Earlier this month I started typing out someone else’s novel — see part I of that series if you haven’t read it yet and want to know “why?!” or what my thoughts were as I might reference them below — and I’ve also been drafting my first snack-sized romance novel. Today, I’m reflecting a bit on the differences in the first scenes.
My novel’s first scene (in 1st draft stage) …
… is about 800 words. Theirs was about 2,875 words in length. Do I think mine needs more words? Theirs fewer? No, quality is not about word count, that’s just an easy way to make a quick comparison. Both get their points across, I think. I outlined and plotted my first scene to be around 688 words (as a certain percentage of the target final word count), but ~745 is what it ended up being. Of course, with it in the first draft stage I 100% reserve the right to change it. Completely. :0)
… has one character actively participating, one mother mentioned, two grandparents referenced, and an ex-spouse inferred due to mention of divorce and guilt, and a therapist friend’s advice mentioned. That’s six characters and only one named. Theirs involved six characters actively participating and eleven others mentioned by name. That’s seventeen named characters. Do I think mine needs more characters? Theirs fewer? No for more in mine — this intro scene is something the character has to do alone, by and for herself. Maybe yes on the the “theirs fewer” part. Two-and-a-half weeks later and my head still spins thinking back to the character soup endured (yes, endured) in that first scene. But, doing “the math” they’d introduced 17 characters at the averaged rate of one every 170 words. Applying that same math to my scene and I’ve introduced a character every 134 words. Who’s made soup now?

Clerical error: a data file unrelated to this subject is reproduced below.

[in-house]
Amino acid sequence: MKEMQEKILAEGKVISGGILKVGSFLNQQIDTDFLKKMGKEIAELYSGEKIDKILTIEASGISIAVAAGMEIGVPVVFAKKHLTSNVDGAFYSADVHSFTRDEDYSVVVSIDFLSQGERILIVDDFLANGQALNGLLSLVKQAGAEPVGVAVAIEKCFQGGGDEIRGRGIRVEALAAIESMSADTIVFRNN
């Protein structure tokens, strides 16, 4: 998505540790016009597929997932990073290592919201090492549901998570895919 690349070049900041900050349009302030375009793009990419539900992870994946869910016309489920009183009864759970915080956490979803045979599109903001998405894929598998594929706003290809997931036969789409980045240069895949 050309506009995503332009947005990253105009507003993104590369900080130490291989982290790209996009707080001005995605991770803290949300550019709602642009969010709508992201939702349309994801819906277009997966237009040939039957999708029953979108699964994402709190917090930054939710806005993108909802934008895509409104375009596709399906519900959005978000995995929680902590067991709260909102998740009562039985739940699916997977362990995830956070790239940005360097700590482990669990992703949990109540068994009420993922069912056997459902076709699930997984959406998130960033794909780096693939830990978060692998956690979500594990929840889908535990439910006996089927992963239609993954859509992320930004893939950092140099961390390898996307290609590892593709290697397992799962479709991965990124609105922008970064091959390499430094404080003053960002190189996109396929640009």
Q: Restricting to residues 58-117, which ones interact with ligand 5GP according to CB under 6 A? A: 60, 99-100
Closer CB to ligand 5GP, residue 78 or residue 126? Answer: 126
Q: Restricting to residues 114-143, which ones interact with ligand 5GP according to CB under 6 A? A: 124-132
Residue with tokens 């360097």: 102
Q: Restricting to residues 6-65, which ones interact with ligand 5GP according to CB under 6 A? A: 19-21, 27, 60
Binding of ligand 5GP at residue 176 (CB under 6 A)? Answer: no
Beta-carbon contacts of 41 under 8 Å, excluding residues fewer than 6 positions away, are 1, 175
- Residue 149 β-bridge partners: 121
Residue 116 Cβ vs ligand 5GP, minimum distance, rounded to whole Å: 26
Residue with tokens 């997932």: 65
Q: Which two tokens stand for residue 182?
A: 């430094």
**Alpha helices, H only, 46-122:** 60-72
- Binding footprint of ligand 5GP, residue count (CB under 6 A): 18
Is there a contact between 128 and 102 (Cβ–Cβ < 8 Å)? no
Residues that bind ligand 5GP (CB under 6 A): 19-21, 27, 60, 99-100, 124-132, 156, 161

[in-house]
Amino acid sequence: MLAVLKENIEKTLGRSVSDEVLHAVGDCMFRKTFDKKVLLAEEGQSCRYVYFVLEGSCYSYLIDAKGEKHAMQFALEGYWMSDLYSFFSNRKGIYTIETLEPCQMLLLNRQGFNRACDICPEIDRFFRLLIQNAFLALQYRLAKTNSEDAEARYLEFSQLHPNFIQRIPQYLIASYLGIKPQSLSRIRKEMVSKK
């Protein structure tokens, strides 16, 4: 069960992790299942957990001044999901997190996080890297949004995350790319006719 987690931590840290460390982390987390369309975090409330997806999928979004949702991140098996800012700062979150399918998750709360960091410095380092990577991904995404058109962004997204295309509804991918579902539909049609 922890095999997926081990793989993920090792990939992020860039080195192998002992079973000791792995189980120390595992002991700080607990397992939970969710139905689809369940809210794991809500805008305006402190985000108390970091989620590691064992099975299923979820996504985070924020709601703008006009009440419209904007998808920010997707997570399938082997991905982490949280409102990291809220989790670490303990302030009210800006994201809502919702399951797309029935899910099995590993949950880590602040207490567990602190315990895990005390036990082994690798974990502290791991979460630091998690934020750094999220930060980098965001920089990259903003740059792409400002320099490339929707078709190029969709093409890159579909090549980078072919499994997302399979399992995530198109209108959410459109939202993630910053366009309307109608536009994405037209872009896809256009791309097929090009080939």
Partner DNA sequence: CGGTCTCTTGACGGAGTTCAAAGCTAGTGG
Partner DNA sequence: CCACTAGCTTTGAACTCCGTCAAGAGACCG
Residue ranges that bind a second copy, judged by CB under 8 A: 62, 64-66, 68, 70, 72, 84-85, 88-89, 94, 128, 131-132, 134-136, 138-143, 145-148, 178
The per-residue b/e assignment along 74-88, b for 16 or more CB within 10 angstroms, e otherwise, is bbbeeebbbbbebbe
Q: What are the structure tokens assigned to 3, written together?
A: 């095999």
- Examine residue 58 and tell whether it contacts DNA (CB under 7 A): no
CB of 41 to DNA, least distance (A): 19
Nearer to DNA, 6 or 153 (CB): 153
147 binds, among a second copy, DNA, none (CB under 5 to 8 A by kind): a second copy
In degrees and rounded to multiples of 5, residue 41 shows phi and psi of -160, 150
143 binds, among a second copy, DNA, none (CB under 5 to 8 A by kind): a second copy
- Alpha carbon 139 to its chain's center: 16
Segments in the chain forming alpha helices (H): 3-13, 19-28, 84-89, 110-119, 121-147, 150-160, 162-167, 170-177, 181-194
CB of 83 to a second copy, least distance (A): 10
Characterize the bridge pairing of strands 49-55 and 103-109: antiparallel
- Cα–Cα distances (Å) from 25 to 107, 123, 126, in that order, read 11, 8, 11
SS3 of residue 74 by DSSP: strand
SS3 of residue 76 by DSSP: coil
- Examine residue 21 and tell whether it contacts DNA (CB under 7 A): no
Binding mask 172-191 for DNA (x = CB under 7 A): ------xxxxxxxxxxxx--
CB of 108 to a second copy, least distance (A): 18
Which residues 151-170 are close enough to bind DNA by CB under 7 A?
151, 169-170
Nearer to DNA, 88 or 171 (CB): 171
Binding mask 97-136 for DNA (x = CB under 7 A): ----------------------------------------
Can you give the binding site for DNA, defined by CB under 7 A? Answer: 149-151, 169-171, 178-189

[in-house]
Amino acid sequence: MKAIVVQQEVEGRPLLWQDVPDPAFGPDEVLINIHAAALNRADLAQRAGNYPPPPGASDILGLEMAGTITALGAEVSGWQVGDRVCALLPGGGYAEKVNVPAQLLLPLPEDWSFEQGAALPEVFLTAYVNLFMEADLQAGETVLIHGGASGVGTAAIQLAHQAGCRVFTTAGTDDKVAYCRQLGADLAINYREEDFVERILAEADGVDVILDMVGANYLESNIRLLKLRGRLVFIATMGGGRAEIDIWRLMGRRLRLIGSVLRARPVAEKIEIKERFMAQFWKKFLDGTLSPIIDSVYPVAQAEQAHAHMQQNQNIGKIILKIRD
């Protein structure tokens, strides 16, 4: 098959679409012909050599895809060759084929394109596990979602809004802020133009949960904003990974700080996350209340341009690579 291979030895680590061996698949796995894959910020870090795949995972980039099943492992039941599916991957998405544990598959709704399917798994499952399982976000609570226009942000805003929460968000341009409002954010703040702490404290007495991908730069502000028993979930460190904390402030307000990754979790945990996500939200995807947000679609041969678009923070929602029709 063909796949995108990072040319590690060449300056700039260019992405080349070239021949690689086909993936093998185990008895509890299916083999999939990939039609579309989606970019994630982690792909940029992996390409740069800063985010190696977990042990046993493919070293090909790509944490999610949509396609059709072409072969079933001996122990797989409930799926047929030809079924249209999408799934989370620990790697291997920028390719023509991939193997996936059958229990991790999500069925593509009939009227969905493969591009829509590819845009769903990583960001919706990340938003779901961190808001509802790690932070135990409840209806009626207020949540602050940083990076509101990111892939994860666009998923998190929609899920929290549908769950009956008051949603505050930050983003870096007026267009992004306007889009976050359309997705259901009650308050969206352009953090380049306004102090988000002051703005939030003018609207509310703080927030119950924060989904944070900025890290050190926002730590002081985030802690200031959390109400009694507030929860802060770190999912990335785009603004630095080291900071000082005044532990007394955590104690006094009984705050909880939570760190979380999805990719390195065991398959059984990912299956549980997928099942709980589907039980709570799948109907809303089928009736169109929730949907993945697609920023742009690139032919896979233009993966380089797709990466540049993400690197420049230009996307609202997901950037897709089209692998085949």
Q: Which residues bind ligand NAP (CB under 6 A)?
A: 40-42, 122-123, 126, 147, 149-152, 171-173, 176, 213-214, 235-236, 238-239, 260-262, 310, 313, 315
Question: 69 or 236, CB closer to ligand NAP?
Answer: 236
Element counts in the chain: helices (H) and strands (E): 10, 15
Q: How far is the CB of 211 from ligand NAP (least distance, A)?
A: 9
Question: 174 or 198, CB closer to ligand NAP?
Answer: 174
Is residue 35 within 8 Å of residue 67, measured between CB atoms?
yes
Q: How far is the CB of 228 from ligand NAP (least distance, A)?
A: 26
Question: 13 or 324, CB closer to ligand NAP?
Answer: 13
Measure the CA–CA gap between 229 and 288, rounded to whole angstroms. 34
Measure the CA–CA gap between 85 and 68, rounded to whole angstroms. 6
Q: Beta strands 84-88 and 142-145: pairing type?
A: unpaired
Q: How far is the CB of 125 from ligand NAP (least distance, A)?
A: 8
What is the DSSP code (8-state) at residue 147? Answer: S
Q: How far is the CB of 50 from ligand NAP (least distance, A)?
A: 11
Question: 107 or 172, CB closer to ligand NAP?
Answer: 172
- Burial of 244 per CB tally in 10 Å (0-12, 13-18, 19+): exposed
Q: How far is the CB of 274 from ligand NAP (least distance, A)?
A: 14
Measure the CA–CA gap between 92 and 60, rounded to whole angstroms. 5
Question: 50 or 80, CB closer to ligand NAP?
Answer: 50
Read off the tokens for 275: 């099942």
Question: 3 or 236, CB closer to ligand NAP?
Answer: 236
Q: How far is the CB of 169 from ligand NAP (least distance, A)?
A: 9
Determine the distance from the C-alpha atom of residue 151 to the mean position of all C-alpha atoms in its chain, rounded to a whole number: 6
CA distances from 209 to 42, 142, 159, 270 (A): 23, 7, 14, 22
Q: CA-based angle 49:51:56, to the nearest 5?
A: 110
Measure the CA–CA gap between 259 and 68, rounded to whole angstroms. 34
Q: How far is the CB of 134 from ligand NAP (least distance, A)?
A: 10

… explains a lot. It sets the location (island), establishes the general age of the character by inference (~52-53), mentions her passion (astronomy), alludes to upcoming plans (making a mental task list of things to do before “event nights”), explains how she owns the property (inheritance from grandparents), mentions that she’s divorced (ex-spouse), exposes her wounds (layers of guilt, inability to commit) and shows that she’s a strong, independent woman who’s happy about her exciting new adventure in life. Theirs did a lot too. A lot. Does either one cover everything in the first scene? No, of course not, otherwise we’d never need to read past that. We want enough to entice the reader to continue, but not too much. Theirs maybe overloaded that first scene. True, I knew a lot (a lot) about the upcoming story after that first scene, but did it really have to be info-dumped like it was? I think not.
So today I move on to my next scene. Do I continue with the first character? Do we learn why she immediately backed out the door she had just so confidently walked through? Or do we jump to the other main character and get introduced to him? Decisions, decisions. BTW, I have it all plotted out, scene by scene, but the order remains in flux (and changeable via Scrivener anytime I want with a quick drag-and-drop!). Besides, we all know that old saying, right?
Best laid plans of mice and plotters!